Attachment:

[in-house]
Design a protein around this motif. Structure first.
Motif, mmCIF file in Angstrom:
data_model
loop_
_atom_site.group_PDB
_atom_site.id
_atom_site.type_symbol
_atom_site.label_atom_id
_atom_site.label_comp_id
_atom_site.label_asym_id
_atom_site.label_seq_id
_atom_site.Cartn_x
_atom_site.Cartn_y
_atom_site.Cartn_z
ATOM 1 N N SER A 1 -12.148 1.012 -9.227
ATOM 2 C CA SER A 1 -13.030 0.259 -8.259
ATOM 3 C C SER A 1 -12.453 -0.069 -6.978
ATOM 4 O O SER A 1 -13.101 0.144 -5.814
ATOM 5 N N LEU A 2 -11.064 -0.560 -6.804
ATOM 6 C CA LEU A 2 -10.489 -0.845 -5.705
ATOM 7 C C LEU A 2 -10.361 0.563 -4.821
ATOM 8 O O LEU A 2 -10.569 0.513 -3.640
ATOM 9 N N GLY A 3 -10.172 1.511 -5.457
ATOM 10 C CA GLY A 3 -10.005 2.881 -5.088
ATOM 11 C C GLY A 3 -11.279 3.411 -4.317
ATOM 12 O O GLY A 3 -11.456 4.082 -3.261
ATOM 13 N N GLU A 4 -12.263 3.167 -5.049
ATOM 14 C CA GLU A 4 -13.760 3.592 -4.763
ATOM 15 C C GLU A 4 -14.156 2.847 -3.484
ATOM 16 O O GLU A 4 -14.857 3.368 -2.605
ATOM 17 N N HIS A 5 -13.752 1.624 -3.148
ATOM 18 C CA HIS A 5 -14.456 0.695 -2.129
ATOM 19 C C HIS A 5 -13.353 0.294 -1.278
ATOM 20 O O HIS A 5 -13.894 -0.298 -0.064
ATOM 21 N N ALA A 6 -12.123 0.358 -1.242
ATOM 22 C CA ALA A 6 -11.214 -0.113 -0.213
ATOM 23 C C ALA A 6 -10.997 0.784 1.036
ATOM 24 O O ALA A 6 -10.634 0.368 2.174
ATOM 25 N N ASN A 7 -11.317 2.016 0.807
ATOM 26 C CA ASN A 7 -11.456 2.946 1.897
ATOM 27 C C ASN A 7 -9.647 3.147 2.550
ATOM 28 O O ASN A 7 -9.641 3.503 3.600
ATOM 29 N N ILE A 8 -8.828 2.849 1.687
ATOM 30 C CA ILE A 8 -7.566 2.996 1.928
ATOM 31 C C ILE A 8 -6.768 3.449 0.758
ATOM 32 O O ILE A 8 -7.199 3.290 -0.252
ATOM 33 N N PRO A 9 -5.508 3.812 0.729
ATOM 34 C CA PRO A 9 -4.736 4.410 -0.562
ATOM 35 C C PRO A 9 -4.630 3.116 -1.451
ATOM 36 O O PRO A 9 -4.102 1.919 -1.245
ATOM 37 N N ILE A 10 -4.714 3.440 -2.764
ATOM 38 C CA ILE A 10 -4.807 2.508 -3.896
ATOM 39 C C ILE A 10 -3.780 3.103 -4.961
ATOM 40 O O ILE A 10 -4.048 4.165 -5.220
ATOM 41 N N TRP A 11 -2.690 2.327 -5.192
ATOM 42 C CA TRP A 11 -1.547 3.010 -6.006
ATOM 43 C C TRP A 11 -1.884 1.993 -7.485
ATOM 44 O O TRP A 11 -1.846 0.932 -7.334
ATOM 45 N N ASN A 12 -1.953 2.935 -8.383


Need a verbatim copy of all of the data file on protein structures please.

[in-house]
Design a protein around this motif. Structure first.
Motif, mmCIF file in Angstrom:
data_model
loop_
_atom_site.group_PDB
_atom_site.id
_atom_site.type_symbol
_atom_site.label_atom_id
_atom_site.label_comp_id
_atom_site.label_asym_id
_atom_site.label_seq_id
_atom_site.Cartn_x
_atom_site.Cartn_y
_atom_site.Cartn_z
ATOM 1 N N SER A 1 -12.148 1.012 -9.227
ATOM 2 C CA SER A 1 -13.030 0.259 -8.259
ATOM 3 C C SER A 1 -12.453 -0.069 -6.978
ATOM 4 O O SER A 1 -13.101 0.144 -5.814
ATOM 5 N N LEU A 2 -11.064 -0.560 -6.804
ATOM 6 C CA LEU A 2 -10.489 -0.845 -5.705
ATOM 7 C C LEU A 2 -10.361 0.563 -4.821
ATOM 8 O O LEU A 2 -10.569 0.513 -3.640
ATOM 9 N N GLY A 3 -10.172 1.511 -5.457
ATOM 10 C CA GLY A 3 -10.005 2.881 -5.088
ATOM 11 C C GLY A 3 -11.279 3.411 -4.317
ATOM 12 O O GLY A 3 -11.456 4.082 -3.261
ATOM 13 N N GLU A 4 -12.263 3.167 -5.049
ATOM 14 C CA GLU A 4 -13.760 3.592 -4.763
ATOM 15 C C GLU A 4 -14.156 2.847 -3.484
ATOM 16 O O GLU A 4 -14.857 3.368 -2.605
ATOM 17 N N HIS A 5 -13.752 1.624 -3.148
ATOM 18 C CA HIS A 5 -14.456 0.695 -2.129
ATOM 19 C C HIS A 5 -13.353 0.294 -1.278
ATOM 20 O O HIS A 5 -13.894 -0.298 -0.064
ATOM 21 N N ALA A 6 -12.123 0.358 -1.242
ATOM 22 C CA ALA A 6 -11.214 -0.113 -0.213
ATOM 23 C C ALA A 6 -10.997 0.784 1.036
ATOM 24 O O ALA A 6 -10.634 0.368 2.174
ATOM 25 N N ASN A 7 -11.317 2.016 0.807
ATOM 26 C CA ASN A 7 -11.456 2.946 1.897
ATOM 27 C C ASN A 7 -9.647 3.147 2.550
ATOM 28 O O ASN A 7 -9.641 3.503 3.600
ATOM 29 N N ILE A 8 -8.828 2.849 1.687
ATOM 30 C CA ILE A 8 -7.566 2.996 1.928
ATOM 31 C C ILE A 8 -6.768 3.449 0.758
ATOM 32 O O ILE A 8 -7.199 3.290 -0.252
ATOM 33 N N PRO A 9 -5.508 3.812 0.729
ATOM 34 C CA PRO A 9 -4.736 4.410 -0.562
ATOM 35 C C PRO A 9 -4.630 3.116 -1.451
ATOM 36 O O PRO A 9 -4.102 1.919 -1.245
ATOM 37 N N ILE A 10 -4.714 3.440 -2.764
ATOM 38 C CA ILE A 10 -4.807 2.508 -3.896
ATOM 39 C C ILE A 10 -3.780 3.103 -4.961
ATOM 40 O O ILE A 10 -4.048 4.165 -5.220
ATOM 41 N N TRP A 11 -2.690 2.327 -5.192
ATOM 42 C CA TRP A 11 -1.547 3.010 -6.006
ATOM 43 C C TRP A 11 -1.884 1.993 -7.485
ATOM 44 O O TRP A 11 -1.846 0.932 -7.334
ATOM 45 N N ASN A 12 -1.953 2.935 -8.383